Handy Tips On Buying Gold Bullion

Buying gold bullion is the most common practice of investing in gold. Very few people buy gold bars and jewelry. In Gold shoppingsome Asian countries people prefer buying gold jewelry but in the west, buying gold bullion or gold ETF is the most widespread and preferred choice. While buying gold bullion is extremely rewarding and a very sound investment strategy, there are some cautions you have to exercise. Also, you need to know a fair bit about buying gold bullion if you have never invested before.

Bullions & Coins Are Not Always The Same

Gold bullion is a gold coin. While all gold bullions are gold coins, all gold coins are not gold bullions. Gold bullions are made by sovereign federal governments of every nation. They are coins which may sport various icons or designs, such as the American Eagle gold bullion. These bullions are made in state or federal mints and are distributed through a network of registered and licensed bullion dealers across the country.

Coins can have various classifications. While gold bullions are also coins, the latter can be classified into collector’s coins and self made coins among others. Many families have a tradition of passing down gold coins through the generations. Before gold was regulated firmly, many people would melt the yellow metal and make gold coins. Such coins would be treasured, used or traded by such families or by goldsmiths of yesteryears. Any of these coins would not be considered as gold bullion. Thus, you should ensure when buying gold bullion that you buy from registered dealers and that you do not buy normal coins or collector’s coins.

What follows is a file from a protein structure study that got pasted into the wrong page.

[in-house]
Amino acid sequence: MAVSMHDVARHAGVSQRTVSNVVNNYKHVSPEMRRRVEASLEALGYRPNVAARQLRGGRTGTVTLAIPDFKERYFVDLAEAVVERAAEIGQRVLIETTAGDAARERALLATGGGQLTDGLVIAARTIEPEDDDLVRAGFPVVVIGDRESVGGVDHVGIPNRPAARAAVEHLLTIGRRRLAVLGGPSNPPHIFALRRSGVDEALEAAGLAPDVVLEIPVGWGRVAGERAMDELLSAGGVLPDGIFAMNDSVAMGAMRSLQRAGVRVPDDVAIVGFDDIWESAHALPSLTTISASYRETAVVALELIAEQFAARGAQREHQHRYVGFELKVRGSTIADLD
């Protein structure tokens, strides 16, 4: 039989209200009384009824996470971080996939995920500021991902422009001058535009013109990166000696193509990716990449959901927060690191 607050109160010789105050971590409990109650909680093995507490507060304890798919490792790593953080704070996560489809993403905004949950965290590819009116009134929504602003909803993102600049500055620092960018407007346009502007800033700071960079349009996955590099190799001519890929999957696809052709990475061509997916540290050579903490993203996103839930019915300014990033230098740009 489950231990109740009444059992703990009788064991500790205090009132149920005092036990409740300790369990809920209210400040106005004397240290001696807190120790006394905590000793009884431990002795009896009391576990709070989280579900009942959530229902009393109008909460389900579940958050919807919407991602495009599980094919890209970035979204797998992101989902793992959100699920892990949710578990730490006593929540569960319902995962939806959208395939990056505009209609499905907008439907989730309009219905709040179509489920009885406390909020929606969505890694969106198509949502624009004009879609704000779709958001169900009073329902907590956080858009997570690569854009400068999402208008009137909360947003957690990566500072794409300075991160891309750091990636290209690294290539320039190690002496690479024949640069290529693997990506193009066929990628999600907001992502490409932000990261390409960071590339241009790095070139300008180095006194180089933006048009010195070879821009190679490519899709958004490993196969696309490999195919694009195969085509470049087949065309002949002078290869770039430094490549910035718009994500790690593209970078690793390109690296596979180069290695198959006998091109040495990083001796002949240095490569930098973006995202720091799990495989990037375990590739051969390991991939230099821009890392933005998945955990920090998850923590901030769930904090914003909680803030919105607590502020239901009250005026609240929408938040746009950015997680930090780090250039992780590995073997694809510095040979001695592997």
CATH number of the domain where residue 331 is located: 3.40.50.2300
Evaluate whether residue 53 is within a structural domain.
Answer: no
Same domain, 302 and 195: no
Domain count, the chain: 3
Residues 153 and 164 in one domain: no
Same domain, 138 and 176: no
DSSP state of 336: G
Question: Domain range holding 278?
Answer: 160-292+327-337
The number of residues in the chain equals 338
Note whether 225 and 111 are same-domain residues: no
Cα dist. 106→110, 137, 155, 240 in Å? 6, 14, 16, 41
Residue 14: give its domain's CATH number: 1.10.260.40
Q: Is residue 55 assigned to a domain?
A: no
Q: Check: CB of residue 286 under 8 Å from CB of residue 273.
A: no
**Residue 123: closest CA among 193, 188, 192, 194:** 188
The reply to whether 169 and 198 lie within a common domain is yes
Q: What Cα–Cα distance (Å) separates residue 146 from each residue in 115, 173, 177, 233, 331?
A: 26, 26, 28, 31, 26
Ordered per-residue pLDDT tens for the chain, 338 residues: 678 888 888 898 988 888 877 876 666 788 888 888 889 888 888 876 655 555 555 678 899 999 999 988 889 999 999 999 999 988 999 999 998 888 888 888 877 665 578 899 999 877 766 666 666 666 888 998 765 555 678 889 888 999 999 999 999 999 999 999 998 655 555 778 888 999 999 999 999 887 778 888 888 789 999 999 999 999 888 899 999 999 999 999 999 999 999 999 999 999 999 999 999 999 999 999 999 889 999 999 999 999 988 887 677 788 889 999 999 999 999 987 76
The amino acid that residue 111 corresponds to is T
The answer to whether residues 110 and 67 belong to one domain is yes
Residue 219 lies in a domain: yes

Normal coins may cost less and collector’s coins would cost more, both of which may sound acceptable to you but investing in coins or collector’s coins thinking that you are buying gold bullion is not a healthy scenario to be in.

Cost Of Bullion Is Not Cost Of The Metal

When you are buying gold bullion, you are paying for the metal and you are paying the fabrication fee. Usually the fabrication fee is up to 5% of the value of the metal if melted. Hence, for the cost of gold bullion whose melted metal value is $100, you should expect yourself to pay up to $105.

Be Aware Of & Pay The Fair Price

There are many dealers or bullion traders who would want to charge you more than what the market is demanding at a point in time for gold bullion. Before buying gold bullion, check market prices, the value at which gold is trading and what different dealers are charging. It is the best way to get the best and also the fairest price.

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